Asset assessments involve monitoring assets periodically, and using the data collected from those inspections to determine the condition of the asset and often the rate of degradation. The analysis of inspection data may show that an asset needs preventative maintenance in order to ensure that the asset meets the expected useful life or that the asset is due for replacement. Understanding the condition of an asset can also help you determine if the asset is being operated and maintained correctly and highlight possible competency issues (some of which may lead to safety incidences in the future if unchecked).

We offer Condition audits and surveys for both asset owner/operators, lessors and lessees.

  • Detailed inspections
  • Fleet condition audits.
  • Testing of equipment
  • We go where your asset is located.
  • Post overhaul or repair assurance inspections.
  • Independent inspections.
  • Do you know how effective your maintenance is? We can independently audit your maintainers.
  • Post incident special inspections.
  • Newly delivered or commissioned assets for baseline or FAI.
  • Condition baselining.
  • Easy to digest report overviews if required.
  • Comprehensive reports on findings.
  • Maintenance schedule checks.
  • Overhaul inspections.
  • Managing end of life condition criteria
  • Pre-purchase inspection reports

Why do asset condition inspections?

If you own an asset, it is generally for a purpose. You generally want it to return its investment and contribute to making profit. To ensure that it keeps doing this it must be maintained. Often the users of such assets do not always have the same requirements as the owner and maintenance can be missed or performed poorly in order to meet production or performance demands and long term viability of an asset is all too often forgotten.

Asset owner/operators, lessors and lessees all have differing perspectives on the condition and value of an asset, however all can benefit from taking steps to protect their investments. It should be noted that there is little point undertaking maintenance optimisation tasks until an accurate view of existing condition is obtained.

Another reason for asset condition inspections is when they are initially delivered or commissioned in order to provide a baseline against which to assess condition in the future or to ensure that the supplier is delivering the asset in the expected state.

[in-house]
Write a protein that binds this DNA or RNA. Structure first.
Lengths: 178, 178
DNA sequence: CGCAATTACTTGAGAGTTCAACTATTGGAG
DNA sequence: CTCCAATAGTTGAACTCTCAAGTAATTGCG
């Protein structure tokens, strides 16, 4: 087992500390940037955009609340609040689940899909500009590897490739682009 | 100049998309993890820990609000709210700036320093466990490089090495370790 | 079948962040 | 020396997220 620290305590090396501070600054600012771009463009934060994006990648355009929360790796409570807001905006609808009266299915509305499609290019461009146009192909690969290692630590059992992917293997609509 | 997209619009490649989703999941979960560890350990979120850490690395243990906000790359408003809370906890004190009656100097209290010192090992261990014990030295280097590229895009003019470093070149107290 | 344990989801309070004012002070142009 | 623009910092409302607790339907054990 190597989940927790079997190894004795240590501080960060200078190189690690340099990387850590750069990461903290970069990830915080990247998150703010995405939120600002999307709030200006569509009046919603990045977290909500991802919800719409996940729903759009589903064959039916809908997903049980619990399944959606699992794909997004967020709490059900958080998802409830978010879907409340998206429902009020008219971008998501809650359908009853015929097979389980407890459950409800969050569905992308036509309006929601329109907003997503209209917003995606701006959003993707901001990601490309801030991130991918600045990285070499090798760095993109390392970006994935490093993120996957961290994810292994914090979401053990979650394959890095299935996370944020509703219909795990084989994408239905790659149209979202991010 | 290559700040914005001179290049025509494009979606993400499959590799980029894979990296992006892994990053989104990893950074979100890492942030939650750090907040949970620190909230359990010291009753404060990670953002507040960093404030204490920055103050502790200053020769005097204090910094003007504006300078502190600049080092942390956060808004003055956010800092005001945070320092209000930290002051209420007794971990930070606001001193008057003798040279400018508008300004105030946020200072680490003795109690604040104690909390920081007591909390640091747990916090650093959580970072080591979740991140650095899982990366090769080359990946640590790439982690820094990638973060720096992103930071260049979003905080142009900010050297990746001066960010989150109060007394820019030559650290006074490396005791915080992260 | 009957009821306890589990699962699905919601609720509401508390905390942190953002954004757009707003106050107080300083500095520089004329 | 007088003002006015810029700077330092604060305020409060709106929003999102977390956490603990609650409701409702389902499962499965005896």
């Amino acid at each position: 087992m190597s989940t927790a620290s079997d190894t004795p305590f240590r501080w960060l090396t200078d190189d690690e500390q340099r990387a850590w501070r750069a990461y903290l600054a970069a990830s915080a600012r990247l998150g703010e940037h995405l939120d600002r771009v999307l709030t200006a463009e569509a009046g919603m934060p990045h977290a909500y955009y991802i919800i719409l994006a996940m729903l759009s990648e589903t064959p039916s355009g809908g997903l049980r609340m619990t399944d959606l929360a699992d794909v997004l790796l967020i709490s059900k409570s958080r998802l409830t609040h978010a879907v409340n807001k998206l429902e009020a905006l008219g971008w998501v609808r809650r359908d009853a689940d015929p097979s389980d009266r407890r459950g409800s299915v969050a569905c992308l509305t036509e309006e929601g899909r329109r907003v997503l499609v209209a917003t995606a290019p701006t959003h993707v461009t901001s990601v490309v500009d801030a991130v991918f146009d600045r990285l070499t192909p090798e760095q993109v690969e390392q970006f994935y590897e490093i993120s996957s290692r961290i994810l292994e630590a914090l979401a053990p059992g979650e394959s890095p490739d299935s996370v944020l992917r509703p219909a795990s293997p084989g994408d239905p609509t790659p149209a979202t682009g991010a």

An independent condition assessment/audit is often the best method to fully understand how an asset is being used and maintained and ensure that you get the most from it, for as long as possible and understand its residual value. Tribe Engineering have performed Asset condition inspections for many clients both on a one-off and on-going basis.

How we do it:

Scope definition

The most important element of an asset condition inspection is to define not only which assets require inspection, but what the inspection will be looking for. Understanding the criticality of various components and systems is key, as is an understanding of the types of failure modes one could expect to observe. This must be done with knowledge of the operating context, duty cycle and expected life of an asset. Sometimes benchmarking against similar assets can help define the scope.

Once the correct level of familiarity of an asset is gained, an inspection checklist can be created that ensures the inspections are consistent, and attention is given to the most important areas.


After defining a scope we can attend your premises or asset and provide a comprehensive condition audit to help you determine a replacement or overhaul program/schedule, define a Condition Based Maintenance regime or simply to determine that an asset is being suitably maintained by the maintainer and used properly by the operator (especially in the case of leased assets).

For the fullest picture of the assets condition, a review of maintenance records, maintenance schedules and operating logs is recommended.

Reporting of findings

Following an inspection, we generally compile and provide the client with a report (unless requested otherwise – i.e. to present findings verbally) that covers the following areas:

  • Scope;
  • Assets assessed;
  • Where;
  • When;
  • Findings;
  • Commentary;
  • Recommendations.

 Asset condition audit process

Wherever possible, our findings are accompanied with photographic or measurement data as supporting evidence.

Some clients also request a summary report or presentation that can be used for non-technical stakeholders such as shareholders, board of directors and management.